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Chapter 29: Particulars of a Twilight Walk
We now see the element of folly distinctly mingling with the many varying particulars which made up the character of Bathsheba Everdene. It was almost foreign to her intrinsic nature. Introduced as lymph on the dart of Eros, it eventually permeated and coloured her whole constitution. Bathsheba, though she had too much understanding to be entirely governed by her womanliness, had too much womanliness to use her understanding to the best advantage. Perhaps in no minor point does woman astonish her helpmate more than in the strange power she possesses of believing cajoleries that she knows to be false--except, indeed, in that of being utterly sceptical on strictures that she knows to be true.
Bathsheba loved Troy in the way that only self-reliant women love when they abandon their self-reliance. When a strong woman recklessly throws away her strength she is worse than a weak woman who has never had any strength to throw away. One source of her inadequacy is the novelty of the occasion. She has never had practice in making the best of such a condition. Weakness is doubly weak by being new.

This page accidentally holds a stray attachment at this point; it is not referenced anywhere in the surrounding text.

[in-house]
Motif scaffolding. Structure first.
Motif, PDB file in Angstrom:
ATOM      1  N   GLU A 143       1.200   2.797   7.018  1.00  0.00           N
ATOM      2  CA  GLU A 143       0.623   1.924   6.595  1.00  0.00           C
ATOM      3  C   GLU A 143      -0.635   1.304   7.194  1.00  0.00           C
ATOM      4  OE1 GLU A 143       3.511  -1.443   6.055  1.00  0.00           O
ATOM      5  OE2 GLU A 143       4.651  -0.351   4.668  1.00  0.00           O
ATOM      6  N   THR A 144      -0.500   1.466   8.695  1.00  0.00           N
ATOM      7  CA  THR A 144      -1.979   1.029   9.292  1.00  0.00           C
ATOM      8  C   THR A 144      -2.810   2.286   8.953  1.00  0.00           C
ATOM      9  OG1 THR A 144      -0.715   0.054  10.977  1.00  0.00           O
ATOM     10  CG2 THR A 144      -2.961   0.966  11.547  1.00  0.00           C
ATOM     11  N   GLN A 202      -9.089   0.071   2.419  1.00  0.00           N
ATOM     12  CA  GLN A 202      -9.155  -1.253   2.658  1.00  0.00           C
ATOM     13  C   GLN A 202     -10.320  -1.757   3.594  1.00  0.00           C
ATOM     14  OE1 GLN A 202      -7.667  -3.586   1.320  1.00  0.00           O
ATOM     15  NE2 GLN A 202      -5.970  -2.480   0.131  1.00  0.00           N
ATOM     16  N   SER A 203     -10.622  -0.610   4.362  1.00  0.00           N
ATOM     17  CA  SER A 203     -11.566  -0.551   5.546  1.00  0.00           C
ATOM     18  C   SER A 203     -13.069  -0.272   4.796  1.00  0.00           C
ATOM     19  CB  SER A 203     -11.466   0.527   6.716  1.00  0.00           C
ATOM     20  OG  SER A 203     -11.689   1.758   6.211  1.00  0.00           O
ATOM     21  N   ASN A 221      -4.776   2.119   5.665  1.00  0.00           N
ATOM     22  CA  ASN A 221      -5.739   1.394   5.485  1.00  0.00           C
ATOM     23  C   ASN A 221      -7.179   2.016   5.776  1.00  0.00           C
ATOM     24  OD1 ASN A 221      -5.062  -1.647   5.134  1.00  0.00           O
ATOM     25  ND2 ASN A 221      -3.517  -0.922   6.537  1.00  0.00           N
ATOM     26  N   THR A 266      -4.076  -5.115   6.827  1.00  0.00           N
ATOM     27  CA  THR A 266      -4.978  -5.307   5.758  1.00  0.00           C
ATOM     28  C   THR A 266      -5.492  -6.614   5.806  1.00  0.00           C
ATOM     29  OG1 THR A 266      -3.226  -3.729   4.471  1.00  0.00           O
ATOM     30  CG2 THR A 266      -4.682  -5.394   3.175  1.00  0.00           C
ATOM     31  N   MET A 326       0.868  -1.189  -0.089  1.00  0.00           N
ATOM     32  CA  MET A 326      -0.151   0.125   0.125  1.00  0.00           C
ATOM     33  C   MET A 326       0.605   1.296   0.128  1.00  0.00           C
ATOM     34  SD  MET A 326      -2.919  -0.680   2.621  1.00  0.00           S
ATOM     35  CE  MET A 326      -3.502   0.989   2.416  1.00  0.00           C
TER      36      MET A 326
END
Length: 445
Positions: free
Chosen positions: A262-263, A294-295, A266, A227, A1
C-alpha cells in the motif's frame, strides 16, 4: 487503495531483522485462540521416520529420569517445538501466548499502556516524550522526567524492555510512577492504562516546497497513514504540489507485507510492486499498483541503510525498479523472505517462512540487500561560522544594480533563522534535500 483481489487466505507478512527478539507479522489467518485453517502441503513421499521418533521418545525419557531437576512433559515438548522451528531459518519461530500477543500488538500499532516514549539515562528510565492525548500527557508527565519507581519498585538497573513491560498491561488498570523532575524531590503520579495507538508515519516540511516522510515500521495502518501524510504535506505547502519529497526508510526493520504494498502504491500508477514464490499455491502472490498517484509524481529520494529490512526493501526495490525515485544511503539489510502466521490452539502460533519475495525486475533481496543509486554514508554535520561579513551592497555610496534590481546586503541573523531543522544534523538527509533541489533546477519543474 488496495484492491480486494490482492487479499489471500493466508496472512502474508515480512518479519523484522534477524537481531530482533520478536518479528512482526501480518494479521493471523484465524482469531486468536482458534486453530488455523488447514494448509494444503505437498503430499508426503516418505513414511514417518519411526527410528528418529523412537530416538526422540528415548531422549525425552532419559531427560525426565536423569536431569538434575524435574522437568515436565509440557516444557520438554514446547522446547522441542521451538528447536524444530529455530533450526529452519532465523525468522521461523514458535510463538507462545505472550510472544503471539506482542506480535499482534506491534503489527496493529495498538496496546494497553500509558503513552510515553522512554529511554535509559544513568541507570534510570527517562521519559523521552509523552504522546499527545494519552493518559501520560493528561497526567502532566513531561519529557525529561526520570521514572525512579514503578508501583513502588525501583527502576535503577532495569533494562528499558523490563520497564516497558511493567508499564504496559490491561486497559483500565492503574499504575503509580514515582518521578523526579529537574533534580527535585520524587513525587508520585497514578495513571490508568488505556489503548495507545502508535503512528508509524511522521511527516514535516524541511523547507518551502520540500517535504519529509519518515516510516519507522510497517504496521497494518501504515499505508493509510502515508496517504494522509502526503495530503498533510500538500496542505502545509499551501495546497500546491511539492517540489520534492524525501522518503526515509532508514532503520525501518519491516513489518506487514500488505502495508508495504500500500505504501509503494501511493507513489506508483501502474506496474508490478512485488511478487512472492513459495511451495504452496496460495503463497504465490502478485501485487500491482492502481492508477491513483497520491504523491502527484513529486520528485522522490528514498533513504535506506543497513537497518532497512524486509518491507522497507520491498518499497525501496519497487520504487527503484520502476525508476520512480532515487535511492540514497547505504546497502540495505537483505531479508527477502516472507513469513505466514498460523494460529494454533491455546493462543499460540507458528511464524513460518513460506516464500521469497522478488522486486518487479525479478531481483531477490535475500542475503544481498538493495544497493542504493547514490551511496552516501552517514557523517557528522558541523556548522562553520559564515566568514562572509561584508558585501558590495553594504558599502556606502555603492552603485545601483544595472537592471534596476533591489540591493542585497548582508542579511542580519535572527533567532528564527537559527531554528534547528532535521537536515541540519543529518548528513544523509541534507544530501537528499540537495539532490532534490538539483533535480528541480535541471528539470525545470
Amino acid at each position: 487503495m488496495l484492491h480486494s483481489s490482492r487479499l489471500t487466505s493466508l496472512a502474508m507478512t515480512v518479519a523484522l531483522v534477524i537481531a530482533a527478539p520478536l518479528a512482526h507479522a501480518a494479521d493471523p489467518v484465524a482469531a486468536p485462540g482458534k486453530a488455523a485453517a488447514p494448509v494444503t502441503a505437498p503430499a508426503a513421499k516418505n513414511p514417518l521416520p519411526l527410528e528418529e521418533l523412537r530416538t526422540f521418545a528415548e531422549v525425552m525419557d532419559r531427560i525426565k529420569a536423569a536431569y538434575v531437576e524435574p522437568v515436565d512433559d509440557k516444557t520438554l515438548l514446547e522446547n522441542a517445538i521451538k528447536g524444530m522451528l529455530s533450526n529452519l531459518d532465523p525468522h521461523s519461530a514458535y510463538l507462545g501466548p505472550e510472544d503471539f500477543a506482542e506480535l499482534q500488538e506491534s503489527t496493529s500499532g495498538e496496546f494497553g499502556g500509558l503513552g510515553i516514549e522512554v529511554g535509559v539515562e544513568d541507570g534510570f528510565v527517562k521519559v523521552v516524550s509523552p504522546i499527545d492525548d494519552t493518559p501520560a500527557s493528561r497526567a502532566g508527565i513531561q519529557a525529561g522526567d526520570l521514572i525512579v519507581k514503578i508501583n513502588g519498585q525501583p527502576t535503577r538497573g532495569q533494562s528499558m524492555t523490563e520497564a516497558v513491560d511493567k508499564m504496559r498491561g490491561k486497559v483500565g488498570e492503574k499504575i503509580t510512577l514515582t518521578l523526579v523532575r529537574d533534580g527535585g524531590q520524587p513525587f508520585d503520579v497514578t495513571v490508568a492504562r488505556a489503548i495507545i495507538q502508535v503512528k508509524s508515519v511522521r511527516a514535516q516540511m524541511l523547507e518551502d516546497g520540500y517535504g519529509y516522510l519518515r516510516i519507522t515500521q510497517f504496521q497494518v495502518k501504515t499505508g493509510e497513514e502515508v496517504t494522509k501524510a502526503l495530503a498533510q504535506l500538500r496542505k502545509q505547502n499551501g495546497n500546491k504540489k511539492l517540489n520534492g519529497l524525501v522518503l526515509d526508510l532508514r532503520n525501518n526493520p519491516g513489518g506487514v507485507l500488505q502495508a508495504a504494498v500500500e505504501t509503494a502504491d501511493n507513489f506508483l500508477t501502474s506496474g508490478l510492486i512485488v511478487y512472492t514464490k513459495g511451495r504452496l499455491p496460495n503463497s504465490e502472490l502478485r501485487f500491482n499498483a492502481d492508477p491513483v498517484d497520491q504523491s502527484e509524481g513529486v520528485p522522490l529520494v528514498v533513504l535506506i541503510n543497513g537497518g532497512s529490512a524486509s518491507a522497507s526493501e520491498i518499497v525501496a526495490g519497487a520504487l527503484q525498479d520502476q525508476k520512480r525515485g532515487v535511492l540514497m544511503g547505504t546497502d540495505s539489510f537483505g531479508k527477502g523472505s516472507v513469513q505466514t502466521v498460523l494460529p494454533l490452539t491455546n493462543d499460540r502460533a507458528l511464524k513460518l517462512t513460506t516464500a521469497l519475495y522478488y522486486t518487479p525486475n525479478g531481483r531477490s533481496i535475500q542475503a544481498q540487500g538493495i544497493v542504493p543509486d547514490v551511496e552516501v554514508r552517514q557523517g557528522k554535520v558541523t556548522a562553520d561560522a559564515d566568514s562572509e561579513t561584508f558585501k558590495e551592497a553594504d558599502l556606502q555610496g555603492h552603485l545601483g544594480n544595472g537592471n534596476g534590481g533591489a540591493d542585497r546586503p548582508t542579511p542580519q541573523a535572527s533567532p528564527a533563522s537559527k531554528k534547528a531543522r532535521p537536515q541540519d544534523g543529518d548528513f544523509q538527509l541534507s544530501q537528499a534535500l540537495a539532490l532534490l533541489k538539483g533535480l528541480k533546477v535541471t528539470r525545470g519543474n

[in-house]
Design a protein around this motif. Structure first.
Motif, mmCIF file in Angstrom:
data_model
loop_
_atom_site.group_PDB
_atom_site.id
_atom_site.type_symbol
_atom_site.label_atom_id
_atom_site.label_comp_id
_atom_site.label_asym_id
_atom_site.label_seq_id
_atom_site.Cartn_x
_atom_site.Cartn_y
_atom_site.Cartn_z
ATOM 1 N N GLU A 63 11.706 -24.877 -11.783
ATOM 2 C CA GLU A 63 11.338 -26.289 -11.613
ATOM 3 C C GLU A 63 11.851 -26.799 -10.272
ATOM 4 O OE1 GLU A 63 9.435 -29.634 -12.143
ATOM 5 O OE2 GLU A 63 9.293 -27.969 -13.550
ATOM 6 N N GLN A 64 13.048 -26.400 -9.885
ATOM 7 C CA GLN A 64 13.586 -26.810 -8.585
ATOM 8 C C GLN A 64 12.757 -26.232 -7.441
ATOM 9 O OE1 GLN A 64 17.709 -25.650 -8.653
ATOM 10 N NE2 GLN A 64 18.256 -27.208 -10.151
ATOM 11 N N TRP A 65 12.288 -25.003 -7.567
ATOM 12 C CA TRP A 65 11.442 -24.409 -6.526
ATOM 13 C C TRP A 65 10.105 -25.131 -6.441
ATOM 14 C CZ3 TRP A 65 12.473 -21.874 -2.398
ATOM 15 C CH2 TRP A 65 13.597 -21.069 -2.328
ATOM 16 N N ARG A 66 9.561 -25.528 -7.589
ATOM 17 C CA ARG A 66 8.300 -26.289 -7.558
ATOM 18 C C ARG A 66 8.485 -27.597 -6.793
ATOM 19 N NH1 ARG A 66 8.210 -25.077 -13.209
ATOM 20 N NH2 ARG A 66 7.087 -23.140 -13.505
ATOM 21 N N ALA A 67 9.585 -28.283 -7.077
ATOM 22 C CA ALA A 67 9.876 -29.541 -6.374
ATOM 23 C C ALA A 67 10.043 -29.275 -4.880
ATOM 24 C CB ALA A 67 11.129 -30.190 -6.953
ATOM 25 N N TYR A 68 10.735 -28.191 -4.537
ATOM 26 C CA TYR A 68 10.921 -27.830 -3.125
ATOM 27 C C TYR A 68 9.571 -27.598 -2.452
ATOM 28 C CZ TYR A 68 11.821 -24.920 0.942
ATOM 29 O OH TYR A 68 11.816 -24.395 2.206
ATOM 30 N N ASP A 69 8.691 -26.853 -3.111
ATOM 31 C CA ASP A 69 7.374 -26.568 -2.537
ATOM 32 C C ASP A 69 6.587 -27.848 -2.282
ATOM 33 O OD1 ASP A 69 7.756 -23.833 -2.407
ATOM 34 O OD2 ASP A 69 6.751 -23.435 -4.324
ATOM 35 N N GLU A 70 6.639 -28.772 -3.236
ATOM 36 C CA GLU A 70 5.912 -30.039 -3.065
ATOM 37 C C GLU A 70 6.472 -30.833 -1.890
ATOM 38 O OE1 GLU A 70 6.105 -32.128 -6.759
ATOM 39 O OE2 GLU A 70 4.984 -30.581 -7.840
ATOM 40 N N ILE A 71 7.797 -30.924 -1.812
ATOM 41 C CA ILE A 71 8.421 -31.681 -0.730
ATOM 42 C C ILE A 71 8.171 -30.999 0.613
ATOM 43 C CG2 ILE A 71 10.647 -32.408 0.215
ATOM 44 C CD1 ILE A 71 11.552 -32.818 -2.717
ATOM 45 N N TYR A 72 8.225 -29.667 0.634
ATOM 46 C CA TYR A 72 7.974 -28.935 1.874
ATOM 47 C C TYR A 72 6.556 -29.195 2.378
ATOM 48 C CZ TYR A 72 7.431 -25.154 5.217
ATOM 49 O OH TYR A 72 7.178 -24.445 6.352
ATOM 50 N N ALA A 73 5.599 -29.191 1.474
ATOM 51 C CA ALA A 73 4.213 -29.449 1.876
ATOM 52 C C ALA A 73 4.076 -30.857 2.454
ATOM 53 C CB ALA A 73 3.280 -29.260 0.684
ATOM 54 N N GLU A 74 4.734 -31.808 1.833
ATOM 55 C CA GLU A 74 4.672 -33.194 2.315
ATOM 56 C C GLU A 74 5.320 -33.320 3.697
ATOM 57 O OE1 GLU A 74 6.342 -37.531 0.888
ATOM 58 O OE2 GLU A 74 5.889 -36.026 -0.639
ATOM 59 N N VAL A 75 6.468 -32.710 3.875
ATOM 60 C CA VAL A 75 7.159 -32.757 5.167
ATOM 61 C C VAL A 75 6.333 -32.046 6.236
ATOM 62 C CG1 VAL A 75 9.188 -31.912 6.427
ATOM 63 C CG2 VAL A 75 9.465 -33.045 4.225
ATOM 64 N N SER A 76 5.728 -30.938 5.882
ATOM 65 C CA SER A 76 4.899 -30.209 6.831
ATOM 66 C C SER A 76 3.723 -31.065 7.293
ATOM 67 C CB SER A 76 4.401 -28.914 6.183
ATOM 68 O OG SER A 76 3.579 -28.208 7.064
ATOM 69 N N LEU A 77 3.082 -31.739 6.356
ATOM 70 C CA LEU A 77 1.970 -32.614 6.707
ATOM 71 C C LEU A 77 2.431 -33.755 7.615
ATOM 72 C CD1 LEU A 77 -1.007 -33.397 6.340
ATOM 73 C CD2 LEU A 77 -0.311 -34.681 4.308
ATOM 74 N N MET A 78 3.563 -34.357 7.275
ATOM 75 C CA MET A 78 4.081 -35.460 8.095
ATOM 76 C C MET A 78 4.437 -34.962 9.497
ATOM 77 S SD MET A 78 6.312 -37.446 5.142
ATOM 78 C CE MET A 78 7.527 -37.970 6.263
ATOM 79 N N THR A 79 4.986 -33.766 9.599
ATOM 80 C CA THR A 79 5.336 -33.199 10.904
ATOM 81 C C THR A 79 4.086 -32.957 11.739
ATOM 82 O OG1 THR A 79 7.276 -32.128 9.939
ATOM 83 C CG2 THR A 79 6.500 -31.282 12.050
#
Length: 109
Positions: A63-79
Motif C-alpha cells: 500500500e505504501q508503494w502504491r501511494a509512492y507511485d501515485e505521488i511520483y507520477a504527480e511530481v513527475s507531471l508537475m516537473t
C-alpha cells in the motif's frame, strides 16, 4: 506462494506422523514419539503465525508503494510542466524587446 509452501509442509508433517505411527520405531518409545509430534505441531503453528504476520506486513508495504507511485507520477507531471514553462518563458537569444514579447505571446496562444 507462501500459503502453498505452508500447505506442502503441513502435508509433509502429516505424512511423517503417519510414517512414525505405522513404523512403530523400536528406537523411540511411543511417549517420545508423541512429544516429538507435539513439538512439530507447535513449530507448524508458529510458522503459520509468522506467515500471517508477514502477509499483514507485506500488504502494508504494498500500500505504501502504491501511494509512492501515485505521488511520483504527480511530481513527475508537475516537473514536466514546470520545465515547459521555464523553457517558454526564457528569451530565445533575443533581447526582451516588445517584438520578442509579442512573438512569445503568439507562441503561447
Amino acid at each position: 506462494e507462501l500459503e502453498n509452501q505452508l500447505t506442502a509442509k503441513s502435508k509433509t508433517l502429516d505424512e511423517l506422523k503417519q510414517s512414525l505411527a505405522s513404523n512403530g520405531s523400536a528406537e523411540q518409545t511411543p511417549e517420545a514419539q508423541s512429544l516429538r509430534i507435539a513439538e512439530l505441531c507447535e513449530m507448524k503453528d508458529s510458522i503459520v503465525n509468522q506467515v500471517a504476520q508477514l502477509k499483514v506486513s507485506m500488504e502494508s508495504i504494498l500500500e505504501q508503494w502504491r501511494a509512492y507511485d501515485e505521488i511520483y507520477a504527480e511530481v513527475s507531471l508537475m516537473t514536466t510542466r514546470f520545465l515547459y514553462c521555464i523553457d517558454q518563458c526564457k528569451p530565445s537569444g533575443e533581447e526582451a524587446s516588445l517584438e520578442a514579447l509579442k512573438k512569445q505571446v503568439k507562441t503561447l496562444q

Bathsheba was not conscious of guile in this matter. Though in one sense a woman of the world, it was, after all, that world of daylight coteries and green carpets wherein cattle form the passing crowd and winds the busy hum; where a quiet family of rabbits or hares lives on the other side of your party-wall, where your neighbour is everybody in the tything, and where calculation is confined to market-days. Of the fabricated tastes of good fashionable society she knew but little, and of the formulated self-indulgence of bad, nothing at all. Had her utmost thoughts in this direction been distinctly worded (and by herself they never were), they would only have amounted to such a matter as that she felt her impulses to be pleasanter guides than her discretion. Her love was entire as a child's, and though warm as summer it was fresh as spring. Her culpability lay in her making no attempt to control feeling by subtle and careful inquiry into consequences. She could show others the steep and thorny way, but "reck'd not her own rede."
And Troy's deformities lay deep down from a woman's vision, whilst his embellishments were upon the very surface; thus contrasting with homely Oak, whose defects were patent to the blindest, and whose virtues were as metals in a mine.
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